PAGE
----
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Key rules out Peters?

Written By: - Date published: 9:26 am, August 8th, 2013 - 77 comments
Categories: john key, national, nz first, winston peters - Tags:

“He is completely and utterly wrong as per normal,” Mr Key said.

The PM responds to Winston Peters’ allegations that the Police considered seizing his phone records in Key’s teapot tape witch-hunt with his usual sophistication and class.

Key’s comments raise an important question: ‘would Key have in his government a man who is normally “completely and utterly wrong”?’

77 comments on “Key rules out Peters?”

  1. Sable 1

    Of course he would as long as he does what he’s told and doesn’t ask questions like his current line up of misfits.

  2. Lanthanide 2

    “Key’s comments raise an important question: ‘would Key have in his government a man who is normally “completely and utterly wrong”?’

    The answer to this is obviously yes. Bill English springs to mind.

  3. lprent 3

    Poor John Key (yeah right!) is being harassed (ie asked questions) by Winston Peters.

    The real question is what will the National caucus do when Winston makes his non-negotiable the demand that he gets John Key’s head in return for allowing them to stay in government?

    • Rosetinted 3.1

      Fantastic images in my head – Winston Peters dressed as seductive Salome demanding the head of John the Changeling on a charger (and that word has lots of meanings.) Accompanying music?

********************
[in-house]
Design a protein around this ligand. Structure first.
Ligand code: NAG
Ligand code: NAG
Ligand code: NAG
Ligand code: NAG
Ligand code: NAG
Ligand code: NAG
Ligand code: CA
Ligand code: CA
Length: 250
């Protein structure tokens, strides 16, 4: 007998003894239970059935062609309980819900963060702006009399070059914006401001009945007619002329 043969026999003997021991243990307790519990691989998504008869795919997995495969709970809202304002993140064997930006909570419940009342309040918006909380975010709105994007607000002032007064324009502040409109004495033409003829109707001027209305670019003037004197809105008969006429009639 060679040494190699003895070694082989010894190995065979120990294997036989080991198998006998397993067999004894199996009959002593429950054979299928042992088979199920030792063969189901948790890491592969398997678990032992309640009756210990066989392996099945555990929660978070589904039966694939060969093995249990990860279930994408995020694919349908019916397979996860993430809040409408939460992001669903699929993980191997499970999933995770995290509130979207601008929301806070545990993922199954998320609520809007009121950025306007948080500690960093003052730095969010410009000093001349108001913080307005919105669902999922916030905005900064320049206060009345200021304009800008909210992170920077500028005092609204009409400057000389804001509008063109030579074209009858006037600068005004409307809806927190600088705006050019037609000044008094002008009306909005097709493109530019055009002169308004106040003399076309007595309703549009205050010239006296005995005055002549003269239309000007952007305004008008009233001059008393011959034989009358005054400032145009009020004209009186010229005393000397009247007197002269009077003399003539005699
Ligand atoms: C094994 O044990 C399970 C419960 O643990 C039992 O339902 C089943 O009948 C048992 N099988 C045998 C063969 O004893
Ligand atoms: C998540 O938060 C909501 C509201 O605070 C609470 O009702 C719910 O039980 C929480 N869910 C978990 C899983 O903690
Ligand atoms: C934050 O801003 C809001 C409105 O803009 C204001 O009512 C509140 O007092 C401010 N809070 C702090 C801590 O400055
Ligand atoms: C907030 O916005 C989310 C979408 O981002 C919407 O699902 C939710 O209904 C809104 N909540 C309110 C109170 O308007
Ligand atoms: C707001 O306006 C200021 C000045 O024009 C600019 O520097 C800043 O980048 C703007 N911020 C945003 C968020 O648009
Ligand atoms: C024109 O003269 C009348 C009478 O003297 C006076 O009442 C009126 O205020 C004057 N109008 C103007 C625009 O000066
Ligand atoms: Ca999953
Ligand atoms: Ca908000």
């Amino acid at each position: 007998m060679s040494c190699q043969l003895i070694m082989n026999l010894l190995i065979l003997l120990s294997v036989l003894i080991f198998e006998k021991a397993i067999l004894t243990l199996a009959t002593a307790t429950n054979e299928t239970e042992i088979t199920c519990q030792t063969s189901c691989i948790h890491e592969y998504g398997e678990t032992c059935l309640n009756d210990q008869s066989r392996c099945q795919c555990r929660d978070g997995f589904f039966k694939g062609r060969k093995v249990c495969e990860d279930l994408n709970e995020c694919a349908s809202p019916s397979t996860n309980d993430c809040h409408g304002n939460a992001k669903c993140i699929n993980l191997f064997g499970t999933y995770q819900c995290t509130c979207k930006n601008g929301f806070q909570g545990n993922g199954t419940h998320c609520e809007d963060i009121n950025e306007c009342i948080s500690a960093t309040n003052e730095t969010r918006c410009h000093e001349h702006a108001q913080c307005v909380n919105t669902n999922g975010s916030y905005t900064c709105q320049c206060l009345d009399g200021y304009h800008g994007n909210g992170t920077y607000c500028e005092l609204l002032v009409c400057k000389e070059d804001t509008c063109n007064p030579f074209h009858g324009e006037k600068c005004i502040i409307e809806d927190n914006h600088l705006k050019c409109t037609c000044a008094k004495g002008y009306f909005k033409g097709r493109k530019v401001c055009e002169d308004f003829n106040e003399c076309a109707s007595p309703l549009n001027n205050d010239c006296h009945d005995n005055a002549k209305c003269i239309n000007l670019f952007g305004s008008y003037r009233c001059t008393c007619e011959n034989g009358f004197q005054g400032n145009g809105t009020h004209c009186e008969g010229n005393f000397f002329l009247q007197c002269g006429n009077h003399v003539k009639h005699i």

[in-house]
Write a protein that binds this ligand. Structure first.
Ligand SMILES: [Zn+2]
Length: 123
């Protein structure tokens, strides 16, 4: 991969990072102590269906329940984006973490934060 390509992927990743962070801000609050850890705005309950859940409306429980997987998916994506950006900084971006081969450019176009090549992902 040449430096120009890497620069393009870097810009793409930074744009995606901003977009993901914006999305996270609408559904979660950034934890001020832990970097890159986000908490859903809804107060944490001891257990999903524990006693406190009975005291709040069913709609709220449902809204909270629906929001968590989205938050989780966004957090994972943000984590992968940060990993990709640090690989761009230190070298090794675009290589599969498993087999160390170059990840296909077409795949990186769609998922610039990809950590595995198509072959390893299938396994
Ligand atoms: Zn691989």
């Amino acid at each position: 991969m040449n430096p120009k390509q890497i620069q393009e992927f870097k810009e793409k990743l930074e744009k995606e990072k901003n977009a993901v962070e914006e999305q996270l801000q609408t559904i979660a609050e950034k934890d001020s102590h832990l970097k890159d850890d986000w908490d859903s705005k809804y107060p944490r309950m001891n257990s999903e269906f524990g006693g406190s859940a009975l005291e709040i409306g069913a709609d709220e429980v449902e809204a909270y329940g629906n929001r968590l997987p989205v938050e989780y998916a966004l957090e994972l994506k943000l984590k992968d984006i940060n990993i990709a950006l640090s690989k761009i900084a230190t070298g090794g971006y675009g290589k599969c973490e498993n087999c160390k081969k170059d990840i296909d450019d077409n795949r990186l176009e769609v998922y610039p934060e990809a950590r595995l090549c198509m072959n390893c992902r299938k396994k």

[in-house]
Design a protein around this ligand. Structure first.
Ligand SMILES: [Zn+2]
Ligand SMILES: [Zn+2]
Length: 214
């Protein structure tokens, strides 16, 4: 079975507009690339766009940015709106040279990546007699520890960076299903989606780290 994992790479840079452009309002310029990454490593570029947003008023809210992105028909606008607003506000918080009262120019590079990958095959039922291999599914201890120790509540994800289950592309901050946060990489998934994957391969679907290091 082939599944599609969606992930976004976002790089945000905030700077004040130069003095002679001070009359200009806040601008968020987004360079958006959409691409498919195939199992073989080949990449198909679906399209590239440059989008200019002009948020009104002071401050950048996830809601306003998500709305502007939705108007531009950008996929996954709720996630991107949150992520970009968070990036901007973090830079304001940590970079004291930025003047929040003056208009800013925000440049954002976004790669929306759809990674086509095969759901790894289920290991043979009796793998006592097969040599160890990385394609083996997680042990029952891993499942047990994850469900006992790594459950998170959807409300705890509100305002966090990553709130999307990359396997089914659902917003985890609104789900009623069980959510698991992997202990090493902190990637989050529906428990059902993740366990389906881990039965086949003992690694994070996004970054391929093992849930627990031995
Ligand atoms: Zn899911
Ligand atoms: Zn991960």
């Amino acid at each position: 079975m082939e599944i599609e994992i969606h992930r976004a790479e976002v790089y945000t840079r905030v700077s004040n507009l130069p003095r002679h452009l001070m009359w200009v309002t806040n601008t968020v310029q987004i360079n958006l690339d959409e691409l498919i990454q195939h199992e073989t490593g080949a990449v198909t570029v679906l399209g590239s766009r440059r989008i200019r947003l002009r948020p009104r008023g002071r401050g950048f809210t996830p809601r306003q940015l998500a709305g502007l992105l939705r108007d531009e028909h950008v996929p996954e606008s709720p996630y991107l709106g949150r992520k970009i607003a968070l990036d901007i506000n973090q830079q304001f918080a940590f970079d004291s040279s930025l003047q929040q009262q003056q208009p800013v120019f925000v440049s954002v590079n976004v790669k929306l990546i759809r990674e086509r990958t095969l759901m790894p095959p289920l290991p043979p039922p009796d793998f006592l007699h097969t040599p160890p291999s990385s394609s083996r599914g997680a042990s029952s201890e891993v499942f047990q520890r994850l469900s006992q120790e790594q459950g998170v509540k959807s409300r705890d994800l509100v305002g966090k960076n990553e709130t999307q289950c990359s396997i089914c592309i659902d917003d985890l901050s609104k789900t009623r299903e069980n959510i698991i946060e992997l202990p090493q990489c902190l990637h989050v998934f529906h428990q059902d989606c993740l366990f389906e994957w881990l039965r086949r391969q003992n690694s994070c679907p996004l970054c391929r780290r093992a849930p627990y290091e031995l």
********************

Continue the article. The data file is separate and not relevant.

Rogue could think of something?

      • northshoreguynz 3.1.1

        Dance of the Seven Veils?

        • Rosetinted 3.1.1.1

          northguy
          Yes – but trite. It’s been done before – a while ago! I’m going to think about it. I was counting on Rogue though. He must have taken his active mind somewhere else.

    • paul andersen 3.2

      they will do what every rightwinger always does, they will look after their own self-interest and property rights first, if that means doing a deal with winston to stay in power, then key’s head would quickly be separated from his body.

      • Populuxe1 3.2.1

        In case it has escaped your attention, NZF economic and social policy is fairly heavily left wing. It could only be considered right wing if you sat somewhere to the left of Karl Marx himself.

        • felix 3.2.1.1

          It could also only be considered “heavily left wing” if you compare it with something less left wing.

          But that’s the trouble with meaningless statements, they’e not what they’re cracked up to be.

          • Populuxe1 3.2.1.1.1

            Aw poppet, get over your butthurt. Labour is playing fast and loose with the sale of electricity generation and telecoms, and supports the TPPA. The Greens want to go into coalition with Labour so won’t rock the boat too much. MANA is the only other party genuinely more left on the policies that NZF endorses, and no entirely sane person is going to vote MANA, so pooh to you.

            • felix 3.2.1.1.1.1

              I’m sorry you didn’t understand what I wrote.

              I’m also faux-offended by your blatant homophobia.

              • Populuxe1